Indian Mutiny/rebellion of 1857

This lesson is aimed at Y9/GCSE students. It addresses three principal aspects of history teaching:

  1. How to be thoughtful and discriminating when selecting evidence that is relevant to answering two different questions on the same topic.
  2. How to explore the different aspects of historical explanations, especially different perspectives (Indian and British), local and national
  3. How to use the types of phrases that historians use when expressing different emphasis and the dynamics of causations (e.g. trigger, catalyst )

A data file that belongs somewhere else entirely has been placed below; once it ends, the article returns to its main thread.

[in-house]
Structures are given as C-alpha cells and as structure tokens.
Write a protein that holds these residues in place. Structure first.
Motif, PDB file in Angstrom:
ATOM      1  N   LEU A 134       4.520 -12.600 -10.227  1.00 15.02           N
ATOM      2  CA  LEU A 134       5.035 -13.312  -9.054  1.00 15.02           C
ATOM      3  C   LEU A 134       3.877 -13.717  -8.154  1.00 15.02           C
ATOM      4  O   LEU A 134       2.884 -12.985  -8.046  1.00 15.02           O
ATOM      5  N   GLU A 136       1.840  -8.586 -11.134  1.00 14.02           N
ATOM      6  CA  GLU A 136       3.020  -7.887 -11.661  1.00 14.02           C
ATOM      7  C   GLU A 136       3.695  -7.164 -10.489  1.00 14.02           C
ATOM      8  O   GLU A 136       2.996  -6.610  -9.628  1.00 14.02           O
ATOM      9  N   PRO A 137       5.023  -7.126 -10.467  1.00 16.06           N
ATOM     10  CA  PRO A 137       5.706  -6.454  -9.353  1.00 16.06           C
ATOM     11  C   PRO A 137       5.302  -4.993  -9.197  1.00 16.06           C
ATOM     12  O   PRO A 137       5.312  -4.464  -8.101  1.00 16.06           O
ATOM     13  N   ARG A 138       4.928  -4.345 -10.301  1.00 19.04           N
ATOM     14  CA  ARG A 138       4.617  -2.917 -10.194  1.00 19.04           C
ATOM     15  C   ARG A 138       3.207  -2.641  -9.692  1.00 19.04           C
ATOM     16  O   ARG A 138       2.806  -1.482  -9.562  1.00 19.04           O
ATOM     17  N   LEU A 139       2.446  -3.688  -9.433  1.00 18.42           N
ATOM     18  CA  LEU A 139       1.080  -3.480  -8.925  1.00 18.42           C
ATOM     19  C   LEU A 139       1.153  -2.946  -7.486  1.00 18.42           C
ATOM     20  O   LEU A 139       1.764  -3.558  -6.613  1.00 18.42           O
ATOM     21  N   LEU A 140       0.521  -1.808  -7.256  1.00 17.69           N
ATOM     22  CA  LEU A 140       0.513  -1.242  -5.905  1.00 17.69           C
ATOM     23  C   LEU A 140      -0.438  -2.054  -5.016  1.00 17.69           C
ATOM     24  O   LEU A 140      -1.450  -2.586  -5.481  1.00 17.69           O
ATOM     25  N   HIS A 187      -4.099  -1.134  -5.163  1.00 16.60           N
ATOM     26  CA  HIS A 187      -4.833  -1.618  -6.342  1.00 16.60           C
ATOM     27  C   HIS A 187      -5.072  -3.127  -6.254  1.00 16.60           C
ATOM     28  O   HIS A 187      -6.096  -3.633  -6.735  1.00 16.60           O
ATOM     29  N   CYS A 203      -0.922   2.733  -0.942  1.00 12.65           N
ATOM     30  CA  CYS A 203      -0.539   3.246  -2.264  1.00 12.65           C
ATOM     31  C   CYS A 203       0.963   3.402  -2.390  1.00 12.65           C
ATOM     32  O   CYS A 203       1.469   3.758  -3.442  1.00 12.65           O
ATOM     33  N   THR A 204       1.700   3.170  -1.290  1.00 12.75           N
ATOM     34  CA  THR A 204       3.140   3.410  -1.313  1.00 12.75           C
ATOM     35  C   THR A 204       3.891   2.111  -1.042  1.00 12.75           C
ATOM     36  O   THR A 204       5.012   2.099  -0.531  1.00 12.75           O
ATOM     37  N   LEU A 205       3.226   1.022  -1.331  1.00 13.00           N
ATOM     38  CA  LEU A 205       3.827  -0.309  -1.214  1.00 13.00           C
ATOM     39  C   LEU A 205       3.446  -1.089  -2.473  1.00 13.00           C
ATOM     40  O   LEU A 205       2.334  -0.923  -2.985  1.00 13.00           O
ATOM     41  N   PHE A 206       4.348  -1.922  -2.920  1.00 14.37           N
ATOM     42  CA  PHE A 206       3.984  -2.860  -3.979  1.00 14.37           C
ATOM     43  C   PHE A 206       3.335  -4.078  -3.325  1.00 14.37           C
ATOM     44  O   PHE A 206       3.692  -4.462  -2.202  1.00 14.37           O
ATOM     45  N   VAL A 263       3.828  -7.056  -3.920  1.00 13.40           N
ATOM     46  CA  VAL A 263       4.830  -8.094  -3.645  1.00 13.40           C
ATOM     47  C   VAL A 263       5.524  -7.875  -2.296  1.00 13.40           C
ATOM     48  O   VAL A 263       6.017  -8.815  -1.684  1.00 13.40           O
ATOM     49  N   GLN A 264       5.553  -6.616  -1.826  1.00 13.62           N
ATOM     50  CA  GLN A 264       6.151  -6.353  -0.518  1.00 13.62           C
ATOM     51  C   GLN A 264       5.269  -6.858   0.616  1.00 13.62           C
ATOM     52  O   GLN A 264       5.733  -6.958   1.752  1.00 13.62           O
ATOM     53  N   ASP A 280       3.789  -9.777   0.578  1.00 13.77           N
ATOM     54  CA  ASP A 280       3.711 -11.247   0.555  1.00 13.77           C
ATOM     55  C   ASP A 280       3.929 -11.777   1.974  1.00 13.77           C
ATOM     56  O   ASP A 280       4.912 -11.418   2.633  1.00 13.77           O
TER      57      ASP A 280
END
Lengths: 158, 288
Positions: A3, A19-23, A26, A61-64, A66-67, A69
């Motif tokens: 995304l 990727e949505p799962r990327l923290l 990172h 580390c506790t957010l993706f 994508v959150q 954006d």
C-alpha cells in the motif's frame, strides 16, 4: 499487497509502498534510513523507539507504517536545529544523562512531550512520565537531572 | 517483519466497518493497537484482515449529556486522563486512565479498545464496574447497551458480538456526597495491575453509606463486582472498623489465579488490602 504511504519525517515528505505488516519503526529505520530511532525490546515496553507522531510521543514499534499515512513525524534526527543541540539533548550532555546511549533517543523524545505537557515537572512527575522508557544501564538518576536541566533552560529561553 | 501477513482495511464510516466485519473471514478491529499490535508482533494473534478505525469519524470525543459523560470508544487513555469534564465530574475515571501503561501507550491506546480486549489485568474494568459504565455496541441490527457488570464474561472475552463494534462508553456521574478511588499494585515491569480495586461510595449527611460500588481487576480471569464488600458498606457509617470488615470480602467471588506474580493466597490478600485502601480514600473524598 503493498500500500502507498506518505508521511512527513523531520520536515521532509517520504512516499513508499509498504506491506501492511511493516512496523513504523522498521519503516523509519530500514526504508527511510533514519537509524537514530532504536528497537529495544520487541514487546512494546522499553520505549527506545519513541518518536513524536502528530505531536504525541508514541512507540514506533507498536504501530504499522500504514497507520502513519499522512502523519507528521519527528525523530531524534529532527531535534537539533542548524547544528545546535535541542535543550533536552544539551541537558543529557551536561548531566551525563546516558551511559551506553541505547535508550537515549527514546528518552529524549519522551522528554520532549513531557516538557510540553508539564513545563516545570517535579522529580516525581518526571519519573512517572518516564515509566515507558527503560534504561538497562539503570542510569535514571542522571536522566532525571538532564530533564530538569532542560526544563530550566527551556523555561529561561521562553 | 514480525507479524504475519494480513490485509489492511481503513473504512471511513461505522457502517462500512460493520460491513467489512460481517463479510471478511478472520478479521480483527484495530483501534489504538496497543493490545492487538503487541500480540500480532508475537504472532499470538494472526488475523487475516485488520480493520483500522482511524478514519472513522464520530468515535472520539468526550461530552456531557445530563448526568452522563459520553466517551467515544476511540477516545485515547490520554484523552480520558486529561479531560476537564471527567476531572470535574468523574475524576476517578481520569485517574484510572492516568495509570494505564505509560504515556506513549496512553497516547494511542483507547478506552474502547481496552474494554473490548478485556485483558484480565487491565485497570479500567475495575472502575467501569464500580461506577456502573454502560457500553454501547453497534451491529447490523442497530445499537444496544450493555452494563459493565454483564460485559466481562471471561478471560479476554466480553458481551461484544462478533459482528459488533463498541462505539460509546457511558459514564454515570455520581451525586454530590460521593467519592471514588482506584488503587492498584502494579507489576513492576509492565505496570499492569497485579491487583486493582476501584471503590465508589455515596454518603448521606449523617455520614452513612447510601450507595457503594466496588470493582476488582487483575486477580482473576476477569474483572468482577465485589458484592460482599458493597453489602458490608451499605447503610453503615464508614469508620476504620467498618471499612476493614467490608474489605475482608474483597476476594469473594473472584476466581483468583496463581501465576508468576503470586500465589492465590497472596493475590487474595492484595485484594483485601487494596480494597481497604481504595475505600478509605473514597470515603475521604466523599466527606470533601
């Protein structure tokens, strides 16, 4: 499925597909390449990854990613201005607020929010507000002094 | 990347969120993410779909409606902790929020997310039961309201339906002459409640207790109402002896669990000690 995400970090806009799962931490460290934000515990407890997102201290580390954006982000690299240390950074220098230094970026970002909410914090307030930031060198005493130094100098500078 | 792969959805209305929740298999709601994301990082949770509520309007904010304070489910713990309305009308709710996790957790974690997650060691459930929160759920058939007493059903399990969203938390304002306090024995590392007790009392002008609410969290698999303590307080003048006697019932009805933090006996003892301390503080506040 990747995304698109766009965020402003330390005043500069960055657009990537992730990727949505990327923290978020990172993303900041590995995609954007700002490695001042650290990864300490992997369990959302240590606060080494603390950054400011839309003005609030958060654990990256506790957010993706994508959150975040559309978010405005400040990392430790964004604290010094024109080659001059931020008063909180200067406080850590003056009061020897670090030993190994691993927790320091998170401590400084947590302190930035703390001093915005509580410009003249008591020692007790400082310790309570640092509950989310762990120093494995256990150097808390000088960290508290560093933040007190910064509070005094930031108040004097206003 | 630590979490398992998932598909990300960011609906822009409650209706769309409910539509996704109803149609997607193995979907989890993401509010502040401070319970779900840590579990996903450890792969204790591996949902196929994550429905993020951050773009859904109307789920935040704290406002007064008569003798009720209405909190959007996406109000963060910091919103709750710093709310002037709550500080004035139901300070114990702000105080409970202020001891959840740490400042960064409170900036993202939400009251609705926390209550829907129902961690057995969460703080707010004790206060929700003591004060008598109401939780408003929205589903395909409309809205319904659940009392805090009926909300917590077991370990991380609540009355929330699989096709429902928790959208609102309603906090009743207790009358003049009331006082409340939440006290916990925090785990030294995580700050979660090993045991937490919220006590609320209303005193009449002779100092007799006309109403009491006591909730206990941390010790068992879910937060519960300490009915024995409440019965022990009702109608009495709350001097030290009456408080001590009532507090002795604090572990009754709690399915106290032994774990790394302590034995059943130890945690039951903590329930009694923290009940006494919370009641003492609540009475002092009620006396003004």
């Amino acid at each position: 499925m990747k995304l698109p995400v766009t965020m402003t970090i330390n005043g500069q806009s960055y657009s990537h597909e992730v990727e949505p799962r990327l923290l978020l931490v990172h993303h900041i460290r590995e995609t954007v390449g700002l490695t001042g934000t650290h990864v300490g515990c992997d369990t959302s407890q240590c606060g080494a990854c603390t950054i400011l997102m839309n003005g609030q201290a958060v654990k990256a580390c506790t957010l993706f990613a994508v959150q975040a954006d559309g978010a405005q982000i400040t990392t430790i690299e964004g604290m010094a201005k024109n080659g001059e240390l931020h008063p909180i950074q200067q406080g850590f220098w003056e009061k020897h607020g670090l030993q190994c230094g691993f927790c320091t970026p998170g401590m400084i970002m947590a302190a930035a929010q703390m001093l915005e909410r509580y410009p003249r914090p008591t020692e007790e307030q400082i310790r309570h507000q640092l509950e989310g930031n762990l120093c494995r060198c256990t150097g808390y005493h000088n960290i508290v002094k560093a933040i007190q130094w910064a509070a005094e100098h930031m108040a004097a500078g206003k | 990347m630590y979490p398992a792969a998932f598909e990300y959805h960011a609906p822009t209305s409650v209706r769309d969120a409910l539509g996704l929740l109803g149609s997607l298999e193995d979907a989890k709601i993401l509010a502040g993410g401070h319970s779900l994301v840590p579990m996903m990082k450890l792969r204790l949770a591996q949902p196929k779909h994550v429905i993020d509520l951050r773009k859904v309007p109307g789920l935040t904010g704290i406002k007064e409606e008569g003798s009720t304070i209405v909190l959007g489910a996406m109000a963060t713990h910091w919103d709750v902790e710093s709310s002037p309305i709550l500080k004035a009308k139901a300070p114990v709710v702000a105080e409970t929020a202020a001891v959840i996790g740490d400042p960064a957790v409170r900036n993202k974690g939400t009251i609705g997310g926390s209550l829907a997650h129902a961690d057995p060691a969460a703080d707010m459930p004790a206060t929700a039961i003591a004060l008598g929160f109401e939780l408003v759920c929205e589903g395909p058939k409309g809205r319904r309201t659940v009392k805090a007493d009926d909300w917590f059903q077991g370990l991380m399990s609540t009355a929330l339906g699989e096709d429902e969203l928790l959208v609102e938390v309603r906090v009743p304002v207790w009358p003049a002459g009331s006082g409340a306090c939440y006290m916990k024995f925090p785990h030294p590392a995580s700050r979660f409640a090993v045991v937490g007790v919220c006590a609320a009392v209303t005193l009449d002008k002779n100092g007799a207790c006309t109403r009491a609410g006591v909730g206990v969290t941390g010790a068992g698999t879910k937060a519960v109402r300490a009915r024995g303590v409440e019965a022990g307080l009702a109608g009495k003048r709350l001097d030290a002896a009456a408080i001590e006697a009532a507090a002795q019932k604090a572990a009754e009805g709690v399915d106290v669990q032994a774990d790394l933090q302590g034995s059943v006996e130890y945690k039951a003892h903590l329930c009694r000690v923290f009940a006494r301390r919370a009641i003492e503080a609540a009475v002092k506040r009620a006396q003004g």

Step 1

Introduce the enquiry questions using slide 1. Explain that during the lesson you learn three really important skills, as above.

Step 2

Students will need some narrative background to the two separate but linked events, but it is really important that we don’t close down the debate. Presenting students with too comprehensive and authoritative view at the start will not really engage them in the historical process that led to the historians’ conclusions being drawn. So start with a brief video (hyperlinked from slide 3 of the PowerPoint that lasts just 5 minutes. It simply hints at ideas for both mutiny and rebellion. Activity 1 ask pupils to watch the video and then in pairs see if they can identify

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